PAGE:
Thomas Berry

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For other people of the same name, see Thomas Berry (disambiguation).
Thomas Berry
Thomas Berry.jpg
Born (1914-11-09)November 9, 1914
Greensboro, North Carolina,
United States
Died June 1, 2009(2009-06-01) (aged 94)
Occupation Priest, Eco-theologian, Earth scholar, Author and Teacher

Thomas Berry, C.P., PhD (November 9, 1914 – June 1, 2009) was a Catholic priest of the Passionist order, cultural historian and ecotheologian (although cosmologist and geologian – or “Earth scholar” – were his preferred descriptors). Among advocates of deep ecology and "ecospirituality" he is famous for proposing that a deep understanding of the history and functioning of the evolving universe is a necessary inspiration and guide for our own effective functioning as individuals and as a species. He is considered a leader in the tradition of Teilhard de Chardin.[1]

Berry believed that humanity, after generations spent in self-glorification and despoiling the world, is poised to embrace a new role as a vital part of a larger, interdependent “communion of subjects” on earth and in the universe.

Berry said the transformation of humanity’s priorities will not come easily. It requires what he called “the great work” — the title of his last major book — in four institutional realms: the political and legal order; the economic and industrial world; education; and religion.[2]


Born to William and Betty Berry in Greensboro, North Carolina, in 1914, Berry was the third of 13 children. He was named for his father, William Nathan Berry, who founded Berico Fuels in 1924. At age 11 he had an epiphany in a meadow, which became a primary reference point for the rest of his life. He later elaborated this experience into a set of Twelve Principles for Understanding the Universe and the Role of the Human in the Universe Process. The first of these principles states:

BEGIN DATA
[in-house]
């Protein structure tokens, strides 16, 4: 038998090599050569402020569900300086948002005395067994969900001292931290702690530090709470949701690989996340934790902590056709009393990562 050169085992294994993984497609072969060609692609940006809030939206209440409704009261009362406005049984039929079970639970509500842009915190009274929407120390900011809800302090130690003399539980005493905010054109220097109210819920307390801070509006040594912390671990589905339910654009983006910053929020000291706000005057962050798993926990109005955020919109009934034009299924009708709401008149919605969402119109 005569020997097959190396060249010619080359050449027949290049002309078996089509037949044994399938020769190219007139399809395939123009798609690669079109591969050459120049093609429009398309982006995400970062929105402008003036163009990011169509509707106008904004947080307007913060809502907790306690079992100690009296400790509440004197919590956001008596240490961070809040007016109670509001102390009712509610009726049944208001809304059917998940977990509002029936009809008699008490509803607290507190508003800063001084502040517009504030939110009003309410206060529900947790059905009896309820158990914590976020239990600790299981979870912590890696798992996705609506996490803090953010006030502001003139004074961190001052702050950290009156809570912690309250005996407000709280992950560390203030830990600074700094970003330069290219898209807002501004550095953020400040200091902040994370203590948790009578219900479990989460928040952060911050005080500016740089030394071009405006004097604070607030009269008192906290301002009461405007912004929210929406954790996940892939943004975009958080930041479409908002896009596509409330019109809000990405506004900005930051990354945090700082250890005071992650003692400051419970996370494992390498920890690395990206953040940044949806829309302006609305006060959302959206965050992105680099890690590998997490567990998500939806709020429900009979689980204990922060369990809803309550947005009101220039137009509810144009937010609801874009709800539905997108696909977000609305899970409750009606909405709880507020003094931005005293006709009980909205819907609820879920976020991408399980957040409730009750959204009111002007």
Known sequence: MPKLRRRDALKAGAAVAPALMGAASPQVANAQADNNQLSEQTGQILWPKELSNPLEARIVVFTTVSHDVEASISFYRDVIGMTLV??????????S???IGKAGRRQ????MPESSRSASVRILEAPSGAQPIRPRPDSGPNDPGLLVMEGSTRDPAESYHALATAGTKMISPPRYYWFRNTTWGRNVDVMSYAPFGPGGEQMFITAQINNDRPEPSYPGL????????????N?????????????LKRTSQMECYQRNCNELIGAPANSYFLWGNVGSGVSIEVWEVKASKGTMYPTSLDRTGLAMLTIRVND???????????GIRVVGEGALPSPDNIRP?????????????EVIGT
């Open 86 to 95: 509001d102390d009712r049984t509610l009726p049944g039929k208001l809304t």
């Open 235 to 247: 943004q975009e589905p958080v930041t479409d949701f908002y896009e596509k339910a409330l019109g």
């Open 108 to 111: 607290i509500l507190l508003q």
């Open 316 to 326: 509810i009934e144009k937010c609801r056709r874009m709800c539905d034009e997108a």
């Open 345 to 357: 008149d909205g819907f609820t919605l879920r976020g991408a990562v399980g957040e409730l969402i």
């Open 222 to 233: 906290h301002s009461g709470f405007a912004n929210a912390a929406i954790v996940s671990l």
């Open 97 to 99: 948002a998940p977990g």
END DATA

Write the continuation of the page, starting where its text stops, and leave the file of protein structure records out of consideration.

The universe, the solar system, and planet earth in themselves and in their evolutionary emergence constitute for the human community the primary revelation of that ultimate mystery whence all things emerge into being.[3]

Berry entered a monastery of the Passionist order in 1933, where he adopted the name "Thomas". He was ordained in 1942. Traveling widely, he began examining cultural history, including the foundations of diverse cultures and their relationship to the natural world.

He received his doctorate in history from The Catholic University of America, with a thesis on Giambattista Vico's philosophy of history. He then studied Chinese language and Chinese culture in China and learned Sanskrit for the study of India and the traditions of religion in India. Later he assisted in an educational program for the T'boli tribal peoples of South Cotabato, a province of the island of Mindanao in the Philippines, and he taught the cultural history of India and China at universities in New Jersey and New York (1956–1965). Later he was director of the graduate program in the History of Religions at Fordham University (1966–1979). He founded and directed the Riverdale Center of Religious Research in Riverdale, New York (1970–1995). Berry studied and was influenced by the work of Teilhard de Chardin and was president of the American Teilhard Association (1975–1987). He also studied Native American cultures and shamanism. From his academic beginnings as a historian of world cultures and religions, Berry developed into a historian of the Earth and its evolutionary processes. He described himself as a "geologian".